WSUP publishes 2020-2021 Annual Report

WSUP has launched its 2020-2021 Annual Report, presenting our operations and impact in the year up to March 2021. Through work in our core countries Bangladesh, Kenya, Ghana, Madagascar, Mozambique, and Zambia, plus our emerging presence in Uganda and consultancy work in Malawi and Cambodia, we were proud to improve the lives of 6.7 million […]


Valuing toilets: how customers rate the container-based sanitation experience

By Sam Drabble, Head of Evaluation, Research & Learning Container-based sanitation (CBS) offers an innovative response to the challenge of sanitation in densely populated urban settlements. This blog presents key findings from a ground-breaking study looking at customer satisfaction with Clean Team Ghana, a CBS provider owned by WSUP serving over 3200 customers in Kumasi, […]


Container-based sanitation (CBS) systems are acknowledged by the JMP as providing improved sanitation services. By contrast with onsite-infiltration systems, such as latrines and septic tanks, container-based systems ensure full containment of faecal waste.

This Research Brief presents the results of an evaluation of user experience of CBS. The study found that CBS provides social benefits including increased satisfaction for women, and for those unable to use the toilet at night or otherwise excluded from accessing toilets for physical or social reasons.

Most Clean Team Ghana customers previously used public toilets – they show higher satisfaction with CBS, and on average, paid 3.6 USD or 20 GHS person/month less for sanitation with Clean Team Ghana. The study strengthens the evidence base that CBS, under the right arrangements, should be considered as an option to be included in the national sanitation policy and contribute towards Ghana meeting Sanitation for All.

Safely managed onsite sanitation: a life changer for low-income communities

Toilets: we cannot live without them. However, about half of humanity does. According to the United Nations, 3.6 billion people around the globe live without access to a toilet “that works properly”. With that in mind, the UN has focused on those in need of this very basic service on its campaign for World Toilet […]


Building resilience faster: Join us for World Water Week 2021

How can water help us tackle the world’s greatest challenges and build resilient cities faster? Join us virtually for four sessions during the week to find out. As the world faces multiple challenges from increasing urban populations to climate change and with the SDG deadline fast approaching, finding ways to improve the resilience of cities […]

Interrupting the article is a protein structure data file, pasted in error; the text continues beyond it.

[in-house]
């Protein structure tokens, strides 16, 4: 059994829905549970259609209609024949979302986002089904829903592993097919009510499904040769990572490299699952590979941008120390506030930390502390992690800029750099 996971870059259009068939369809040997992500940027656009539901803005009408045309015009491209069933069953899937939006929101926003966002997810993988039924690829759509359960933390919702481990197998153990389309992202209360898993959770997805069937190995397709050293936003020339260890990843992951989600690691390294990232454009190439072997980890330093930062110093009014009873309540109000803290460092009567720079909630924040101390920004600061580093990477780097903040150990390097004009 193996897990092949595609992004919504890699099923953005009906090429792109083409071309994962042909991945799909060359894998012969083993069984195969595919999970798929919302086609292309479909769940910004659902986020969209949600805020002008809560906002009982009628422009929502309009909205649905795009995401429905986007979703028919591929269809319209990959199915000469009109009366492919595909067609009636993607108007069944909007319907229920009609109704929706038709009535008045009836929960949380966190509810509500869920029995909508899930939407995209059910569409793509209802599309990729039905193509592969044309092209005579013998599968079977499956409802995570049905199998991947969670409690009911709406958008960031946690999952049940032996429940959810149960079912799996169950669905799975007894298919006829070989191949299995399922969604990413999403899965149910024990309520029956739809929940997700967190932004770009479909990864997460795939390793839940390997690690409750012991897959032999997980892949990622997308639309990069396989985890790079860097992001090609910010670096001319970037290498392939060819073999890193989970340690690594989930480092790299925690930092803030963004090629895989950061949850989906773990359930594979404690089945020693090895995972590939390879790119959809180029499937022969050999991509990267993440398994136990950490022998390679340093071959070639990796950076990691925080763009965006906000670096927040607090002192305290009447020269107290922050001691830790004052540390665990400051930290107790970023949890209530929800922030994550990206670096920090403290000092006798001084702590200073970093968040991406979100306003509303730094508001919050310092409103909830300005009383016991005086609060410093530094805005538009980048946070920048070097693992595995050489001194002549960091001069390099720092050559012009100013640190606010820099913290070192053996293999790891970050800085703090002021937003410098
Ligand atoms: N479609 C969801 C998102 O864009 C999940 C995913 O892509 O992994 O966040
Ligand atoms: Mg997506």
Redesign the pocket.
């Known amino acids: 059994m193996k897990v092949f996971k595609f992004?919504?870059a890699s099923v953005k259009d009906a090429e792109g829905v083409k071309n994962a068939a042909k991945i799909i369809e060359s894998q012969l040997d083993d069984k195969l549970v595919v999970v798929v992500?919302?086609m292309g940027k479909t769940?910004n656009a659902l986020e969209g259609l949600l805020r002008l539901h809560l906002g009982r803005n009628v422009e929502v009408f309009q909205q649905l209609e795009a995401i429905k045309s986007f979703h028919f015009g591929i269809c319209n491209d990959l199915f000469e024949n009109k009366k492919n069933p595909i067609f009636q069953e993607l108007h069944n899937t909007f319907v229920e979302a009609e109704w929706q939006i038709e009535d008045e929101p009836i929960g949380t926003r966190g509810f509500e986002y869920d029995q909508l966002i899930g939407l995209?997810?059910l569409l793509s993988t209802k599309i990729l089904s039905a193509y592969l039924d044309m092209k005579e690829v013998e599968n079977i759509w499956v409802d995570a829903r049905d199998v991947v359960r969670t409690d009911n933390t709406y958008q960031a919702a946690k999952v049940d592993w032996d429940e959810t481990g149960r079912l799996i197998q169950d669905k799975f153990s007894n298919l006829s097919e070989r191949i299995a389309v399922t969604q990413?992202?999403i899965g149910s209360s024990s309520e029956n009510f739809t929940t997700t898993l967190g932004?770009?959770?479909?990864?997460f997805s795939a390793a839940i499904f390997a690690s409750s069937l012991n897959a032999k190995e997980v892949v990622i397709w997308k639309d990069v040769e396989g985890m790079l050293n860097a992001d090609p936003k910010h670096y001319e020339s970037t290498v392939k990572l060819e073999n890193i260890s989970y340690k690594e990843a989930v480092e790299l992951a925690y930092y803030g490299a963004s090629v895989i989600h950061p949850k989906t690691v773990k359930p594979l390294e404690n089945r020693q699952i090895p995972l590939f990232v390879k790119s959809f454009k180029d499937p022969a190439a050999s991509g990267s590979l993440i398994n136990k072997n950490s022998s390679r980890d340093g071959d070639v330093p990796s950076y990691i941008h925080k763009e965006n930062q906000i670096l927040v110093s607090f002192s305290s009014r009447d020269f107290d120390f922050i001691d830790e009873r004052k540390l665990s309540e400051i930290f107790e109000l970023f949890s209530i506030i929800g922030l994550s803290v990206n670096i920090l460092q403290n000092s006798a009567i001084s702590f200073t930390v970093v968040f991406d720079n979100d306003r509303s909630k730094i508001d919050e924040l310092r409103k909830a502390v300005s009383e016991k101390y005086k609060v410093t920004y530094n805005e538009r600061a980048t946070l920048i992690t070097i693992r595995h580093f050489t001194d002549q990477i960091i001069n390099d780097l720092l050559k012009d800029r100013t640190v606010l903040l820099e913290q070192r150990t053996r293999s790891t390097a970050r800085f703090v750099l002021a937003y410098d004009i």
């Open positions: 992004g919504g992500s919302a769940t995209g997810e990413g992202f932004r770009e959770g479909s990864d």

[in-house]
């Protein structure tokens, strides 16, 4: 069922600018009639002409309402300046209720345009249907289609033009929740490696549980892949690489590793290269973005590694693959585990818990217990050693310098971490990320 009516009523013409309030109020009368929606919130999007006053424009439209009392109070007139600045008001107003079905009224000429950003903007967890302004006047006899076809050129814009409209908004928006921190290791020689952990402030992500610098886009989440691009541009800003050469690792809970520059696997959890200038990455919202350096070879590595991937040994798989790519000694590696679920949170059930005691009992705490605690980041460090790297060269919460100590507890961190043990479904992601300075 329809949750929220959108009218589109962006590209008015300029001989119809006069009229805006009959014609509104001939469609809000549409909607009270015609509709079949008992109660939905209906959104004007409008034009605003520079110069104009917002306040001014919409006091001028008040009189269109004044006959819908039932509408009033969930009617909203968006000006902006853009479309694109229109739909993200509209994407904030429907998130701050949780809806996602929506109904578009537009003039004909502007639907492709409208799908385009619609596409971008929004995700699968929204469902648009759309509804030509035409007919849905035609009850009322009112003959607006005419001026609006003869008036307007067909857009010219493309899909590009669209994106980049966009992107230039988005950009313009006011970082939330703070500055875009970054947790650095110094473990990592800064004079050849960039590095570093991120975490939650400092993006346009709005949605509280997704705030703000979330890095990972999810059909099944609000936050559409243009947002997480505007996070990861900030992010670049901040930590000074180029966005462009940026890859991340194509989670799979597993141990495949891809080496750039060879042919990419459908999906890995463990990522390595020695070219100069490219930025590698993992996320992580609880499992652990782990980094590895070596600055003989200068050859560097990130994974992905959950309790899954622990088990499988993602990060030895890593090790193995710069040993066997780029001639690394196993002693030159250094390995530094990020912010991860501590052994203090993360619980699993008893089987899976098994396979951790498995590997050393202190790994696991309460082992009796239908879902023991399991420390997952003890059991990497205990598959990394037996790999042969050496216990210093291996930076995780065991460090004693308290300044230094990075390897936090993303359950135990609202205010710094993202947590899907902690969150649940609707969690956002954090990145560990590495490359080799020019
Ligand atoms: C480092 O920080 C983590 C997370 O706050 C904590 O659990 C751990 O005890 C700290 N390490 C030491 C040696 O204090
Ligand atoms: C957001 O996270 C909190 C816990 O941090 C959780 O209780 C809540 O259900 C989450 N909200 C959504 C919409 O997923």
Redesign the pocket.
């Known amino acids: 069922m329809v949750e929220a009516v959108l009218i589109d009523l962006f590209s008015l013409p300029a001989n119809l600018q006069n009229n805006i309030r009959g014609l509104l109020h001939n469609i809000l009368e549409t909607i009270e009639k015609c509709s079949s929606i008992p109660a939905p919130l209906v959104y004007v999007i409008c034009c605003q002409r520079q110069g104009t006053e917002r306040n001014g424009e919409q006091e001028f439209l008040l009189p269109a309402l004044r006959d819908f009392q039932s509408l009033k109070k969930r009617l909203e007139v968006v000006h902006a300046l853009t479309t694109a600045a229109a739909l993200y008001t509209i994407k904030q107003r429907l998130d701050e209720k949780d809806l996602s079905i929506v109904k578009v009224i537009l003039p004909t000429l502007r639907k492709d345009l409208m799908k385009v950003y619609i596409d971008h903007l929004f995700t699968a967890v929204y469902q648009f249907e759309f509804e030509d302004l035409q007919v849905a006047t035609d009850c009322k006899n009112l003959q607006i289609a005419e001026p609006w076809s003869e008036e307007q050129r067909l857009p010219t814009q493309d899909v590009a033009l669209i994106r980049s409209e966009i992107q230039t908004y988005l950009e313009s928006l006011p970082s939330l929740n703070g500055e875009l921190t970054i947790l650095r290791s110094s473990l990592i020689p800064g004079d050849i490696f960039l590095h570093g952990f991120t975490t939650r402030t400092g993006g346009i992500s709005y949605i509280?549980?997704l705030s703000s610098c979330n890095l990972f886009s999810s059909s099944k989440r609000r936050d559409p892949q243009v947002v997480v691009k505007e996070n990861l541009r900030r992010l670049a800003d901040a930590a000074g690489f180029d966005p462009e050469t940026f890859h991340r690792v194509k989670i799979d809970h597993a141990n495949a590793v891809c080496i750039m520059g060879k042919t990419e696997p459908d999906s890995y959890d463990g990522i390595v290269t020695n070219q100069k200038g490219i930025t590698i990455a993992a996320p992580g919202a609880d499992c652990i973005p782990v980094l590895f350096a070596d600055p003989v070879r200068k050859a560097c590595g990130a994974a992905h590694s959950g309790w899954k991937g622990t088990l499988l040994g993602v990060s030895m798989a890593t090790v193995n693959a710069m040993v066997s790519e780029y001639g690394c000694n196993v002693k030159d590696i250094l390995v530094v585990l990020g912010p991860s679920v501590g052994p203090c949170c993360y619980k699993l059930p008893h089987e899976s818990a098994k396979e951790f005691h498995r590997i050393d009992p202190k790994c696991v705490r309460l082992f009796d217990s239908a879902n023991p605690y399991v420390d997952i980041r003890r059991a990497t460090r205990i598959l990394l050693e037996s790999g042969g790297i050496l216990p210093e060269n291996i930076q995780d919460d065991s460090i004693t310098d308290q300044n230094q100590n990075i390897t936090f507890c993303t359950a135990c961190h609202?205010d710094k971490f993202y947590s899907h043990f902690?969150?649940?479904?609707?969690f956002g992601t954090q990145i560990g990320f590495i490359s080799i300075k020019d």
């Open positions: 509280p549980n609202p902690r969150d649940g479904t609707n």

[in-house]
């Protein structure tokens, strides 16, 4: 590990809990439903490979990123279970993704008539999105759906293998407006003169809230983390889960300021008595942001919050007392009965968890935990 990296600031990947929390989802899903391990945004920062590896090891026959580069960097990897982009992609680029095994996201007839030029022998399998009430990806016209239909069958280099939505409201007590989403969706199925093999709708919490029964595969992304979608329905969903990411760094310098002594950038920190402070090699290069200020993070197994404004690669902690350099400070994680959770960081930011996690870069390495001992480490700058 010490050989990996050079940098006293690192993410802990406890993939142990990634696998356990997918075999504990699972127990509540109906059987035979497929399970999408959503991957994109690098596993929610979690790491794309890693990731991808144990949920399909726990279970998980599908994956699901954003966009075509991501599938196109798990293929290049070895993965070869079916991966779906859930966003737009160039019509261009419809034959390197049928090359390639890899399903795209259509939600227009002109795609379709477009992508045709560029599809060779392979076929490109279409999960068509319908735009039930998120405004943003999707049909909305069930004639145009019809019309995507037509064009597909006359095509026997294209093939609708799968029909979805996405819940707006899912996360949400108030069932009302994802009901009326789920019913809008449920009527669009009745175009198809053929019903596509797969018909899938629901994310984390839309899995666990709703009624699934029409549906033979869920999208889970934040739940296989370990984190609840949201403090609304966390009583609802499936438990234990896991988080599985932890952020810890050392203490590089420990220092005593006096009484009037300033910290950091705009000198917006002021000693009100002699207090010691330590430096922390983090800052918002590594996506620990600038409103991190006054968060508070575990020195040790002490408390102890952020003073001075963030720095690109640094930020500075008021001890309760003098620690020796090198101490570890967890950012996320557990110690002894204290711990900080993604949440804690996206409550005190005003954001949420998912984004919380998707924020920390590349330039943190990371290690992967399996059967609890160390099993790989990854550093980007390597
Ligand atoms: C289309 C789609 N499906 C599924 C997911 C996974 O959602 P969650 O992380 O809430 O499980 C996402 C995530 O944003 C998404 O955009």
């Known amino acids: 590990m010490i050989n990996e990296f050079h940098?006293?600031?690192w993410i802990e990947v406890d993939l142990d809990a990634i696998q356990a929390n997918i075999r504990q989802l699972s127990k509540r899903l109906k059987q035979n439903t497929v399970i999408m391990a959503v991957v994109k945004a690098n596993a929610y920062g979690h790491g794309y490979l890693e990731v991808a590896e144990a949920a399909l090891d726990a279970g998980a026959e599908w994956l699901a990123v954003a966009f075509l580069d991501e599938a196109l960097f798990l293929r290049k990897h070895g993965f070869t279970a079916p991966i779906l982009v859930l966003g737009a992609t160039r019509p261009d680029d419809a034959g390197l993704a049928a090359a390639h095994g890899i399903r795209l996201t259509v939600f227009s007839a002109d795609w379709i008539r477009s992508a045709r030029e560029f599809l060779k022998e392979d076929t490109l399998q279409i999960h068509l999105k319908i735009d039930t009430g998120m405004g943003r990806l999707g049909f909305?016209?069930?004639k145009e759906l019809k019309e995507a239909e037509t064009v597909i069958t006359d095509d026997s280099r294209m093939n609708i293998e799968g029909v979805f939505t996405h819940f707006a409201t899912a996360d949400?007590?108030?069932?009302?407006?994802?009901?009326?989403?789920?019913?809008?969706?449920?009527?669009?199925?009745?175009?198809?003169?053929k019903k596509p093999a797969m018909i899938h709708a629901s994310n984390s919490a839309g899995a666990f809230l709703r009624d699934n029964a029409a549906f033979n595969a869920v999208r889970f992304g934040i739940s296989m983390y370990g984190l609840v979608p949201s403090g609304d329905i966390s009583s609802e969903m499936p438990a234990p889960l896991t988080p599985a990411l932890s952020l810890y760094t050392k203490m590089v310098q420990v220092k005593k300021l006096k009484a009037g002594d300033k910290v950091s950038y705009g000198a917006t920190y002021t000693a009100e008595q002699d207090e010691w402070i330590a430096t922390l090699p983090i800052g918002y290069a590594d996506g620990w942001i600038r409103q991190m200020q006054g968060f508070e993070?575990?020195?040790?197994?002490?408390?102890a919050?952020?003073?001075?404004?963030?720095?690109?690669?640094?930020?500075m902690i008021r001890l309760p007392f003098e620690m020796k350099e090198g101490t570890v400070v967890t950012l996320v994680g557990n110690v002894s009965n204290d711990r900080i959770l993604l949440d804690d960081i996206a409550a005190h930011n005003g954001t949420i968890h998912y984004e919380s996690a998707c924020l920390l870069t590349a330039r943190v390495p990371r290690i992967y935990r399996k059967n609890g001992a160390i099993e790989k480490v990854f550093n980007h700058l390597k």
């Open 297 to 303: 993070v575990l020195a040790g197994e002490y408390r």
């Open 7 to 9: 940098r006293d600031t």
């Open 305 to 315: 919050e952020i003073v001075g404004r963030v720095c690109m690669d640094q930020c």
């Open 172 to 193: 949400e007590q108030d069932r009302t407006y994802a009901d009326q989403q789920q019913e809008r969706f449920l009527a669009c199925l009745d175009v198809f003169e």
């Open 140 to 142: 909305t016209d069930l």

For urban sanitation systems to function safely, at scale, over time, and inclusively, they must be organized to support three functions: responsibilityaccountability, and resource planning and management.

This short publication looks at the function of resource planning and management, drawing on a desk review of over 40 urban sanitation investments in twenty-eight countries across Africa, Asia and Latin America.

For urban sanitation systems to function safely, at scale, over time, and inclusively, they must be organized to support three functions: responsibilityaccountability, and resource planning and management.

In this paper, we explore the accountability mechanisms that can be applied to the different service provision mandate structures identified in our parallel paper on responsibilities.

For urban sanitation systems to function safely, at scale, over time, and inclusively, they must be organized to support three functions: responsibilityaccountability, and resource planning and management.

This short publication looks at the function of responsibility: the extent to which sanitation authorities are clearly mandated.

This discussion paper explores how high-quality sanitation can be achieved in low-income urban areas in developing contexts. It is based on findings from four research projects conducted under, or in association with, WSUP’s Urban Sanitation Research Initiative 2016–2020 (USRI), funded by DFID.

The four research projects considered here are:

  1. The Faecal Pathogen Flows study in Dhaka, Bangladesh — aiming to track and model how faecal pathogens move through urban low-income communities (LICs), as a tool to support sanitation intervention planning in developing contexts.
  2. The MapSan study carried out in Maputo, Mozambique — one of the largest and most rigorous studies ever conducted of the health impacts of an urban sanitation intervention.
  3. The QUISS study — based on large-scale surveys in Bangladesh, Ghana and Kenya, aiming to identify minimum standards for high-quality shared sanitation in urban contexts, and workable indicators of shared sanitation quality.
  4. The Clean Team evaluation — assessing customer experience among customers of Clean Team Ghana, a container-based sanitation enterprise.